What is Monkeypox?
Monkeypox is a disease caused by the monkeypox virus. Symptoms are similar to those of smallpox, but less severe. Monkeypox virus is an enveloped virus in the family Poxviridae. This family of viruses also includes vaccinia virus, which is commonly used for assessing the effectiveness of disinfectants against enveloped viruses in methods such as EN 14476.
How is Monkeypox transmitted?
Monkeypox is a zoonotic disease (transmitted from animals to humans) which occurs primarily in tropical rainforest areas of central and west Africa. Only a small number of people have been diagnosed with monkeypox in the UK. The virus can be transmitted from one person to another by direct contact with skin lesions/scabs, by respiratory droplets from prolonged close contact with someone with a rash and through contact with contaminated clothing, bedding or towels.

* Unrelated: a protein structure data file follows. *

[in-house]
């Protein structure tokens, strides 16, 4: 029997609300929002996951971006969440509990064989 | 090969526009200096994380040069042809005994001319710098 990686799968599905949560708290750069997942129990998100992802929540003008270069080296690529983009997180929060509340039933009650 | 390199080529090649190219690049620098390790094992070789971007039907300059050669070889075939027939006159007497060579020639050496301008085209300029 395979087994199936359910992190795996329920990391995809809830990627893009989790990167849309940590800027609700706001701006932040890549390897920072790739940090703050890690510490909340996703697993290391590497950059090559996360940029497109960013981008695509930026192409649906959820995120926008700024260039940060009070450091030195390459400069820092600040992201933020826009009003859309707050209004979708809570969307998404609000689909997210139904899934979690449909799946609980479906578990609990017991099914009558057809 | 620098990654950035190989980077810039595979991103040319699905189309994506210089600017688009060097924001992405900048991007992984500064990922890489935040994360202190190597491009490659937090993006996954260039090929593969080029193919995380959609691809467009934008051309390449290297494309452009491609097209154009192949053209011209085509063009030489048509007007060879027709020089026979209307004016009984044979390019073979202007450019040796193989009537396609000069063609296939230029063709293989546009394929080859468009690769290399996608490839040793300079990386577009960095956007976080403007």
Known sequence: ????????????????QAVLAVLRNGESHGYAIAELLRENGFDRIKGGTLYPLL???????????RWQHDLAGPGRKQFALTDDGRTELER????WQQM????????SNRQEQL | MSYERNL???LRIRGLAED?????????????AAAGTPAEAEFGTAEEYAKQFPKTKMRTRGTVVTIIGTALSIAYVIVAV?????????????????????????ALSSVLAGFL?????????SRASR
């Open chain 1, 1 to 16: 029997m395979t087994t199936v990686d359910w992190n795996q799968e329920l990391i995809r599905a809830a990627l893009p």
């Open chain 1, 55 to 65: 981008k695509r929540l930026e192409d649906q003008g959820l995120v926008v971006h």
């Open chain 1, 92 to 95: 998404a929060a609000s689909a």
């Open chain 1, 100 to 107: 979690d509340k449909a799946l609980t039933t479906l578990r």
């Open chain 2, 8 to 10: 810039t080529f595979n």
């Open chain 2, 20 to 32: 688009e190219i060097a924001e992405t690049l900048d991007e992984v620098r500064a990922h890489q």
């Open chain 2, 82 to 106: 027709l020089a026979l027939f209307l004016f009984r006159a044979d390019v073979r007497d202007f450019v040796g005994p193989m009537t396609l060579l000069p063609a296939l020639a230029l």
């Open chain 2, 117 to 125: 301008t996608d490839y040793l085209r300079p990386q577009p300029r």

Cleaning and disinfection
The monkeypox virus is susceptible to routine cleaning and disinfection, and hand hygiene practices.
Surfaces: For disinfection of surfaces, first clean the surface with a neutral detergent followed by 1000ppm active chlorine for a contact time of 15 minutes. Alternatively, Selden has a wide range of products effective against enveloped viruses, including Selgiene ultra; Selgiene extreme; Selgiene advance and Professional surface sanitiser. See our website for a list of suitable products, dilutions, and contact times: http://www.selden.uk/covid19/products.asp?custcode=
Hand hygiene: Wash your hands with soap and water regularly or use an alcohol-based hand sanitiser. Selden SO Virucidal and SO Sterile are effective against enveloped viruses. See our website above for full details.
Clothing, towels, and bedding: The government advises to wash all contaminated clothing and linens on a hot wash (over 60°C) with detergent. For items which are sensitive to heat, wash no lower than 30°C on two back-to-back wash cycles. Steam clean carpets and soft furnishings.